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asfaskA short film about Serial Killing by Alex Radcliffe
The grisly deeds of Fred and Rose West, who tortured, raped and killed dozens of young girls in their Gloucester home, is one of the vilest chapters in British criminal history. Although the events in this book mirror the dark deeds that gripped a nation when the case came to court in 1995, we view proceedings from separate angles – the defence barrister for Ruth Webb (Rose West), the detective who handled the original murder enquiry, and a young journalist making the eponymous film. Eddie Webb (Fred West) has already committed suicide, and so Ruth must face justice on her. Was she forced into the decades of depravity in their home, or was she the instigator? The Kindle version is out now.
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WorldOfTroubleWorld of Trouble by Ben H Winters
This is the third book in a trilogy which began in 2013 with The Last Policeman, and continued in Countdown City. We are in a pre-apocalyptic USA, with an life-destroying asteroid speeding towards Earth. The ultimate Doomsday scenario is having a corrosive effect on society. Law and order is breaking down. Workers are walking off the job and a flood of refugees is fleeing from the probable impact zone. But still, there is crime, and still it must be solved. Detective Hank Palace is The Last Policeman, and while society crumbles around him, he faces what may be his last task – to save his sister. Whether or not there is a Bruce Willis waiting in the wings to save the day we can’t say, but you can find out when the book is released on 15 July.
Pre-order now on Amazon

the-forty-two-frontThe Forty-Two by Ed Kurtz
Kurtz takes us back to the grisly, grimy, glory days of New York’s 42nd Street in 1979. Flea pit movie theatres showing low-budget shlock horror films, cheap pornos, low-brow humour and Kung Fu epics. Kurtz is a wholesome Virginia boy, but he was fascinated by the sheer sleaze of the block between 7th and 8th Avenue. His homage to the lurid imaginings of his youth is both a love story and a crime novel. Charley McCormick is watching a horror movie double feature, nervously aware of the beautiful young woman sitting next to him. When the lights come back on, and the girl is discovered dead, Charlie is forced into a nightmare world where the thrills and spills are not just celluloid – they are for real. Out now.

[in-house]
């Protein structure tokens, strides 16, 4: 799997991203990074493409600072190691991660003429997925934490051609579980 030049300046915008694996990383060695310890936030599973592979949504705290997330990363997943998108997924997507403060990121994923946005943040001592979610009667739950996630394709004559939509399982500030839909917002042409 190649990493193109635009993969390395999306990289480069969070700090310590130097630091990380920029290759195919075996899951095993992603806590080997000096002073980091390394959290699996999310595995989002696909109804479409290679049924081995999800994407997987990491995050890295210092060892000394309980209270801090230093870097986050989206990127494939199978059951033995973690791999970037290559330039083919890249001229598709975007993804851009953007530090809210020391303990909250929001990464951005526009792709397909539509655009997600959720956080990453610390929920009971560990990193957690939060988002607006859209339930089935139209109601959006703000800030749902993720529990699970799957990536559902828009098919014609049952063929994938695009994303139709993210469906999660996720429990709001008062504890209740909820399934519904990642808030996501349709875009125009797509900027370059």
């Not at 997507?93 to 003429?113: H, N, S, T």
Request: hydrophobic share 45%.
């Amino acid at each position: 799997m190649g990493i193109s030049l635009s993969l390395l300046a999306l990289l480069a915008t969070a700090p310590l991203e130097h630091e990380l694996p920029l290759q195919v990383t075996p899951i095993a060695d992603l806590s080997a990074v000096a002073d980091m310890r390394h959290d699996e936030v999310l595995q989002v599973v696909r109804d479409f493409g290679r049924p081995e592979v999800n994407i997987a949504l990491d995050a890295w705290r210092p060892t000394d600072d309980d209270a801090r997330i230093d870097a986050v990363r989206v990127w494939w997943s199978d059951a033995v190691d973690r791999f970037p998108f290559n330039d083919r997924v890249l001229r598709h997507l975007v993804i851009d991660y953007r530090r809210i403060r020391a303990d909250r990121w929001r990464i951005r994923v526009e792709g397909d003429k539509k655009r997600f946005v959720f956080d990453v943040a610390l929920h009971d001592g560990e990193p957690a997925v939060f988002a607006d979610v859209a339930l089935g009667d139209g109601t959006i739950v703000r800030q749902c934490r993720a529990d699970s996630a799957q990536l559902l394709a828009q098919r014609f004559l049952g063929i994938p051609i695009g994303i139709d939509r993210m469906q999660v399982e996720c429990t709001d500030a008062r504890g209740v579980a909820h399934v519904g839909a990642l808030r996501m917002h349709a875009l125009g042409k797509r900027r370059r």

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StalemateStalemate by Alan Hamilton
Walter Bruce loves chess. He loves the bloodless cut and thrust, and he is well aware of the endless metaphors that the game provides for real life. His marriage is loveless, but functioning. This is 1930, and they did things differently then. Divorce was a last resort, and the done thing was to ‘rub along’ with each other, despite the lack of love and emotional frigidity. When Bruce is diagnosed with a terminal illness, he sharpens his focus. His wife has been offering her favours away from the marital bedroom. When she shows little interest in nursing him in his decline, Bruce decides to liven up his final months with an act of revenge. What’s the worst they can do if he gets caught? Hang him? Stalemate is available now.
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Dead EndDead End by Shirley Wells
Crime fiction buffs do love a series. The challenge for the writer is to satisfy the long-running fan base, but also to provide something which is instantly accessible to a new reader. This is the seventh episode in the annals of private investigator Dylan Scott, whom Shirley Wells first brought to our attention in 2010 with Presumed Dead. Then, Scott was freshly kicked out of the police force – an action mirrored by his wife – and is was having to cope with his live-in mother. Now someone who Scott has rubbed up the wrong way has decided that revenge is a dish best served cold, and is threatening his life. There is no shortage of suspects, as Scott has upset many a criminal over the previous few years. But who hates him enough to actually pull the trigger, rather than actually wish him dead? The answer will be revealed on 7 July.
Pre-order now on Amazon